1. Background

The acute stage after stroke is significant, since it offers the opportunity for spontaneous recovery and responds well to rehabilitation, and the biologic window period is within it. Thus, if well utilized, it is a period where disability due to stroke may be prevented or significantly reduced. Reduction of disability is the goal number three of the Sustainable Development Goals (SDGs) [1].

To prevent or significantly reduce disability after stroke, constraint-induced movement therapy (CIMT) is used [2, 3]. The effectiveness of CIMT is demonstrated in improving various outcomes after stroke such as laboratory and real-world arm use and changes in the brain activity and metabolism and movement precision, and quality has been reported in the literature [36]. However, in the existing protocols of CIMT, patients may have to spend between 0.5 and 6 hours per day practicing task or shaping coupled with wearing a constraint for several hours to 95% of the waking hours. These kinds of protocols seem to be resource-intensive [7] and may be difficult to adopt where there are constraints in the availability of staff and service affordability by the patients. Additionally, some studies have reported that the number of hours claimed during CIMT was not completely used for task practice [810]. Thus, it is difficult to know how much task or shaping the patients practiced when number of hours is used as a component of dose of task practice.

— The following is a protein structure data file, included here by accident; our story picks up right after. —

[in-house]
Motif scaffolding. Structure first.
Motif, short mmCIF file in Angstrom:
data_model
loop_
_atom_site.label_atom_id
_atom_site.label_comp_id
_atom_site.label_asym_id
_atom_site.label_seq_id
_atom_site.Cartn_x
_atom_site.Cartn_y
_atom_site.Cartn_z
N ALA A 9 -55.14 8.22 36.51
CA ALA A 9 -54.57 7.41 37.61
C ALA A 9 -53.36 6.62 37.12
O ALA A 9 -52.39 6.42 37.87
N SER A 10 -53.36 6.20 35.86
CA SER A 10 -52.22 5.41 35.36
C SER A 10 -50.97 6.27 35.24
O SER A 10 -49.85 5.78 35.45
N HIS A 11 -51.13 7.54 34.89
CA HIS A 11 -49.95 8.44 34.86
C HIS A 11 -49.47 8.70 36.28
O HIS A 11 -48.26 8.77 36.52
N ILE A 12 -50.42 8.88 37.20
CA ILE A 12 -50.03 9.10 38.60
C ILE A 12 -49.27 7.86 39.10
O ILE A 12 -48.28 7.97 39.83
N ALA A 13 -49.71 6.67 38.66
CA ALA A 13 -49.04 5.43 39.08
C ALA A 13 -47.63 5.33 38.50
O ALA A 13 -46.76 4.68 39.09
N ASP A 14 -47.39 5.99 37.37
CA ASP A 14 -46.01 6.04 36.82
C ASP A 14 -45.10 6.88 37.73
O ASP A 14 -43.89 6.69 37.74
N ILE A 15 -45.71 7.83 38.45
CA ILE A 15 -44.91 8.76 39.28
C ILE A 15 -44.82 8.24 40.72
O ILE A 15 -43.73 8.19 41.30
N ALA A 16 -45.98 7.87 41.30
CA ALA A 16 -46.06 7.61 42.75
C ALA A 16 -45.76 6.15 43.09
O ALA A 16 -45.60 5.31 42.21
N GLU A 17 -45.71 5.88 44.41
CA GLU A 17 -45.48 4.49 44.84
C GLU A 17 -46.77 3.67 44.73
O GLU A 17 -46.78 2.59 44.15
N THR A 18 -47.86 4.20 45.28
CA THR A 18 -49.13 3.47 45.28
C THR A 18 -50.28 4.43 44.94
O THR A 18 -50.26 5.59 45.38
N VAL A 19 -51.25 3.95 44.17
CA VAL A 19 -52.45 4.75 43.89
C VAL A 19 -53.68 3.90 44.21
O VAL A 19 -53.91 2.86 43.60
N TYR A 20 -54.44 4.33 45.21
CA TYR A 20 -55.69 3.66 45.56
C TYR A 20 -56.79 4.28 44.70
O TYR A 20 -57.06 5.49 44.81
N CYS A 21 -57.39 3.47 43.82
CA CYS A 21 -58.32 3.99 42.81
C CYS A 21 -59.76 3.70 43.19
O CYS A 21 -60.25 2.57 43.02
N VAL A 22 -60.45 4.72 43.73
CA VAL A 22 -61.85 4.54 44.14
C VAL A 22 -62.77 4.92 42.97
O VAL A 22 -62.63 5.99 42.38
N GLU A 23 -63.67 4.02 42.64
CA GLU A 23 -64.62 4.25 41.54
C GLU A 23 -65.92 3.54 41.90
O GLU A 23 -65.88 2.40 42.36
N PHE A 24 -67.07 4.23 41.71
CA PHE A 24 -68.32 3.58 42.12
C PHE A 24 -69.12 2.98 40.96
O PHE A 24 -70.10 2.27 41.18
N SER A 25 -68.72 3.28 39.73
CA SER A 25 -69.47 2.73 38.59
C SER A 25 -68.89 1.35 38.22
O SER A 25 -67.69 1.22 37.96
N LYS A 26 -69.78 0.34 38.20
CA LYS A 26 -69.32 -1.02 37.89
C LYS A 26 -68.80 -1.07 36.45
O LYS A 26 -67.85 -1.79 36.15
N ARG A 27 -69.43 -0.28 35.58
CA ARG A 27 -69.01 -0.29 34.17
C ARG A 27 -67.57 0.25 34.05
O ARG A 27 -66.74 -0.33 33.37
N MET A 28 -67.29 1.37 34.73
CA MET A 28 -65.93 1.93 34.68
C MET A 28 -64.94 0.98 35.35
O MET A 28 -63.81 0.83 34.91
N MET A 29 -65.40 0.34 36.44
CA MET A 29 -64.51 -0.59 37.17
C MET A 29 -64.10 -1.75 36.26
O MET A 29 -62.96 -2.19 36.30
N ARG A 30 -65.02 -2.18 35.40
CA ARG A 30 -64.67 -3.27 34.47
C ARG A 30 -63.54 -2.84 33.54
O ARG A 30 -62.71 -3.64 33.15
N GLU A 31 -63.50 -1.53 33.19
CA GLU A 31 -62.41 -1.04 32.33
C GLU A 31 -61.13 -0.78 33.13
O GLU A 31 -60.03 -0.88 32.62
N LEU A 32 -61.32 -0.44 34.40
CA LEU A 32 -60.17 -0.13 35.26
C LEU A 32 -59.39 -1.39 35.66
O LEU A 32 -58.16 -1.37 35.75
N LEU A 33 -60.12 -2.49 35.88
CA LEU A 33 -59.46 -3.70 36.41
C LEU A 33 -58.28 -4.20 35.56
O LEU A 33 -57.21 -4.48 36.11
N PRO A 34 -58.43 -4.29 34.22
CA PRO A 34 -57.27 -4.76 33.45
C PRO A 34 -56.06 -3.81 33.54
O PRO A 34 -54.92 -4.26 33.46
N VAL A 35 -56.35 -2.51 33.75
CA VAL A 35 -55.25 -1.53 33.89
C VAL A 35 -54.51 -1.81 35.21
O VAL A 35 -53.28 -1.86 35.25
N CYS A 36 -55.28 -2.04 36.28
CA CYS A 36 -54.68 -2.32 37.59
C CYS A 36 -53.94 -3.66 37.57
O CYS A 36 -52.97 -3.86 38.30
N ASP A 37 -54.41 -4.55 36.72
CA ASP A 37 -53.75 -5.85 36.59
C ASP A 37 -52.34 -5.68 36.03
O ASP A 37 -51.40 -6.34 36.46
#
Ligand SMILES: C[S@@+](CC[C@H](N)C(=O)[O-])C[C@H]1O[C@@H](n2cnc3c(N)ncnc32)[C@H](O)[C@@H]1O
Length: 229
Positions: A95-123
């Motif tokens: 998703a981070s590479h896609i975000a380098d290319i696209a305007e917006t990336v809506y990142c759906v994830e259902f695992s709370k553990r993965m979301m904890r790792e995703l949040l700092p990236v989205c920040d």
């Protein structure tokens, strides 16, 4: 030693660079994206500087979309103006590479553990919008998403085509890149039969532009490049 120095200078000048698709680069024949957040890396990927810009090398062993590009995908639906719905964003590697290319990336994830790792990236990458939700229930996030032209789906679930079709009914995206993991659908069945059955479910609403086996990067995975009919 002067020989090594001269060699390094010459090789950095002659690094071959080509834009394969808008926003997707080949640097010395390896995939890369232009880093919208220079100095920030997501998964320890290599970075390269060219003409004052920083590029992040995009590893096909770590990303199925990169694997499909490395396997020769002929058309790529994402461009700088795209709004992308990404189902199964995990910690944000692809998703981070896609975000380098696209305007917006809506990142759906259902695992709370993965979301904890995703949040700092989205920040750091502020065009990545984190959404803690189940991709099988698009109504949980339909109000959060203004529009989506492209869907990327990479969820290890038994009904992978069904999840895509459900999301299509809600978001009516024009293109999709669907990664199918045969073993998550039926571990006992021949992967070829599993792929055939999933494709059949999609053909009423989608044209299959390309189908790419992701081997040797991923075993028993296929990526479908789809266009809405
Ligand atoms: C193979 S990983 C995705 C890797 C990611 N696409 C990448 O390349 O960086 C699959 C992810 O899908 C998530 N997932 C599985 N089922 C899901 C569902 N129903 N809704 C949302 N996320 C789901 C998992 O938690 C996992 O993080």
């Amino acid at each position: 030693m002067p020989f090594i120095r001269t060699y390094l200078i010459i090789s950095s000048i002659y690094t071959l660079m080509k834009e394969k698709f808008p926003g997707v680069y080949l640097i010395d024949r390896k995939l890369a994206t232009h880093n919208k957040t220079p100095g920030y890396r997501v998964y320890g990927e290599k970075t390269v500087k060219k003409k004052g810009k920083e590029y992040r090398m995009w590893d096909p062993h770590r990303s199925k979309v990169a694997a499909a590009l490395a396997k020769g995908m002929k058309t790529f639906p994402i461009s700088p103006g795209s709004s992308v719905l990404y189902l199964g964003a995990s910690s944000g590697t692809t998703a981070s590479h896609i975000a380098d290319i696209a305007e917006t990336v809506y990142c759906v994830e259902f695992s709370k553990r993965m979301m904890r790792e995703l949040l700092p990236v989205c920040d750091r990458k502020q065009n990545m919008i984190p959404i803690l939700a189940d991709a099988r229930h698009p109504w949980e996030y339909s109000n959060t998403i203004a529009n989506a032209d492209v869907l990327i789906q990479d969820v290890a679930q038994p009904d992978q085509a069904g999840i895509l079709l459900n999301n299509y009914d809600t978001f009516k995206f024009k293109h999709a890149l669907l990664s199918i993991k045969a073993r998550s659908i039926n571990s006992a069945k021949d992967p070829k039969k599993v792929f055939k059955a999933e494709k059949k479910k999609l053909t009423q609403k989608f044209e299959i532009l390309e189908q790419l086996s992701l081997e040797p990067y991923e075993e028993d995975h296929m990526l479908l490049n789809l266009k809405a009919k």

One of the main components of CIMT is repetitive tasks/shaping practice. Studies in neurorehabilitation have shown a linear relationship between number of repetitions and recovery of motor function [1114]. One of the studies in particular indicated that when tasks were practiced about 300 times per day for 2 weeks, the participants had significant improvement in motor function and that the 300 repetitions were possible within just one hour [13]. This finding may have implication for practice, since it seems to suggest that it is not the number of hours spent practicing task but rather the number of repetitions of the task that is important for motor recovery. Thus, knowing the exact number of repetitions our patients need for recovery of motor function can be an important rehabilitation milestone. However, these studies lack external validity as they are either a case report or a noncontrolled trial. Therefore, the aim of this study is to rigorously compare CIMT protocols using number of repetitions of shaping practice with the one using number of hours of shaping practice using a randomized controlled trial (RCT) design.